Arizona lawmakers are currently considering a proposal that would significantly lower the price of a speeding ticket for some speeders.
The proposal, House Bill 2662, would expand the use of one of Arizona's odder laws, which is the ban on the "waste of finite resources," which comes with a ticket that costs about $15.
Of course, there's a catch -- this can only be used when the driver is going between 1 and 10 miles per hour above the speed limit.
"For example in a 75 [mph] zone, you get a ticket for doing 80, you can get this type of penalty," Republican Representative David Stevens explained in a committee hearing.
The current law is one that's rarely used, because someone can only get a "waste of finite resources" ticket by going between 56 and 65 mph in a 55 mph zone. It's not easy to find a 55 mph speed limit these days.
However, Stevens' bill would apply that to all standard speed limits, so drivers pulled over for exceeding the speed limit anywhere by 10 mph or less could instead by fined for wasting gas (or diesel . . . or electricity), instead of being given a true speeding ticket, at the cost of a few hundred bucks.
Stevens says his bill doesn't apply to speeders in school zones, construction zones, or residential areas.
The benefit in such a proposal, in addition to the price of the ticket, is that you wouldn't rack up points on your license, and such a fine wouldn't affect your insurance rates.
Although no one spoke out against the bill at yesterday's hearing of the House Transportation and Infrastructure Committee, lawmakers in the past have considered scrapping the "finite resources" fine altogether.
Committee notes from a 2012 hearing explain one lawmaker's reasoning for wanting to repeal it:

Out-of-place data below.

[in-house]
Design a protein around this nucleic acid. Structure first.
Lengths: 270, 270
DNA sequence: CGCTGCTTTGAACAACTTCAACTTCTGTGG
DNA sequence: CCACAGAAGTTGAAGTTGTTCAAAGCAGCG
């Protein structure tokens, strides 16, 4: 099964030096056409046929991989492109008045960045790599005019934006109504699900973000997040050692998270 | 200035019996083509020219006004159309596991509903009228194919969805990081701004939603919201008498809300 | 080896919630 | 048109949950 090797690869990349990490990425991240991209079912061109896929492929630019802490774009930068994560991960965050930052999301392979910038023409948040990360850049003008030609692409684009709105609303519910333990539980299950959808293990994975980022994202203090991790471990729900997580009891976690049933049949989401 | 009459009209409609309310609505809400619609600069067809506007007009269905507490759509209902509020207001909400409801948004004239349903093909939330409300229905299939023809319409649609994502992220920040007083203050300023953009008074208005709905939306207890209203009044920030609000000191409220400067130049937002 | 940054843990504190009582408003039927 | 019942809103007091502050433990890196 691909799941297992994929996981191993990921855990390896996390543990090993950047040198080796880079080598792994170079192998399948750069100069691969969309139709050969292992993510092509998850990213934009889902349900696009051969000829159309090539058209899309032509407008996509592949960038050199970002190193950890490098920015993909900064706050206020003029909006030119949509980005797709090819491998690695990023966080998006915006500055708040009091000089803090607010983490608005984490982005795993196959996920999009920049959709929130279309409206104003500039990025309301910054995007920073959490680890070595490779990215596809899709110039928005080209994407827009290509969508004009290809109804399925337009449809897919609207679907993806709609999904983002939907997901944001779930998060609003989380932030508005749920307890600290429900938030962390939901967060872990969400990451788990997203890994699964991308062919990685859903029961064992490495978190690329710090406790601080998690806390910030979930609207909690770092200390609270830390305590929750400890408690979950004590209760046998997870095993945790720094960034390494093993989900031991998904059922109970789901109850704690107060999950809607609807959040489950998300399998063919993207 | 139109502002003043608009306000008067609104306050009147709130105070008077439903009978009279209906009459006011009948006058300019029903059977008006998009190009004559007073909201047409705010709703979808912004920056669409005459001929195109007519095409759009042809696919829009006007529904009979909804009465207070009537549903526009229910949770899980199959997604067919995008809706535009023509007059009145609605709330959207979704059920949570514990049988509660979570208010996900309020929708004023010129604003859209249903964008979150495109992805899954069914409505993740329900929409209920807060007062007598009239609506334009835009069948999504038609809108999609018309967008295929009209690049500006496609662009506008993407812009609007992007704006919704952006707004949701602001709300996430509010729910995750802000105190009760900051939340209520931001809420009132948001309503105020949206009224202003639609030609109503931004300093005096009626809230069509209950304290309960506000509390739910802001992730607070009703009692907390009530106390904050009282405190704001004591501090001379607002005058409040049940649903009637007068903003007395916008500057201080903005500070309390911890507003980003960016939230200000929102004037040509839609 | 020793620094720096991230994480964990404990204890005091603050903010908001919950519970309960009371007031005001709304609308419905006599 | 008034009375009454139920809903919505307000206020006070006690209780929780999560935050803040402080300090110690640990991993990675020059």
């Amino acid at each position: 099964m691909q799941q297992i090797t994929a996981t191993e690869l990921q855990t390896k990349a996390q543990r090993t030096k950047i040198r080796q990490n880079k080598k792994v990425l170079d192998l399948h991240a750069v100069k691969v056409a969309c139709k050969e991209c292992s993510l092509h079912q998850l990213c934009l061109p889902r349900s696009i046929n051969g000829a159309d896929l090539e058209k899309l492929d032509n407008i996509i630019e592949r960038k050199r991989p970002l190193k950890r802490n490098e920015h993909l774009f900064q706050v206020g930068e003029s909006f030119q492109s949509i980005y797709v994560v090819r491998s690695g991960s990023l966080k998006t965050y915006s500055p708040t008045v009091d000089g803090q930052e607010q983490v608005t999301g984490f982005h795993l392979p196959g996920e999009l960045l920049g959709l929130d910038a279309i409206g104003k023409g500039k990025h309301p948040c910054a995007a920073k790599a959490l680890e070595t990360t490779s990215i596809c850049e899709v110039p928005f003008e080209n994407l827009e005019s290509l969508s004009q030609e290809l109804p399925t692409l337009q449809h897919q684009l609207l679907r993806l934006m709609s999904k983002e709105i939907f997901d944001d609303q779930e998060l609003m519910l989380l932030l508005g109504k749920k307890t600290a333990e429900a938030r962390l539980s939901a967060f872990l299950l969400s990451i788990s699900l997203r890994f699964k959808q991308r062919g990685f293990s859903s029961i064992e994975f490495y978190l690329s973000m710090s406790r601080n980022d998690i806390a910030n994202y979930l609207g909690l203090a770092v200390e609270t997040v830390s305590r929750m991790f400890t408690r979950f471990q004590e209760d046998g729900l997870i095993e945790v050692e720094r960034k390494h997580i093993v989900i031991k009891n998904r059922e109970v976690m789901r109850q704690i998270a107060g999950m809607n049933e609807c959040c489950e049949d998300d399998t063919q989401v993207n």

Representative Crandell responded that a constituent consistently drove on a roadway at 65 mph where there is a posted 55 mph speed limit. One day the constituent was driving three miles over the speed limit. He was pulled over and cited for waste of finite resources. The officer has the discretion to issue a warning to get a person's attention without using this statute, and if someone consistently speeds and is continually stopped, the officer will see that on their record and has the ability to cite the person.So police officers could use this as a tool to pull over someone for driving 66 or 67 mph in a 65 mph zone, which is the case on many highways around the state.
Of course, there's no particular reason police couldn't already pull over someone for barely exceeding the speed limit, as the state's law on speeding says, "A person shall not drive a vehicle at a speed greater than is reasonable and prudent speed under the conditions and actual and potential hazards then existing."
However, the law does clearly outline that exceeding the posted speed limit by 20 miles per hour or more, or exceeding 80 mph in general, is a misdemeanor offense known as "excessive speeding."
House Bill 2662 lives on for now, as it passed the transportation committee on a 7-2 vote.
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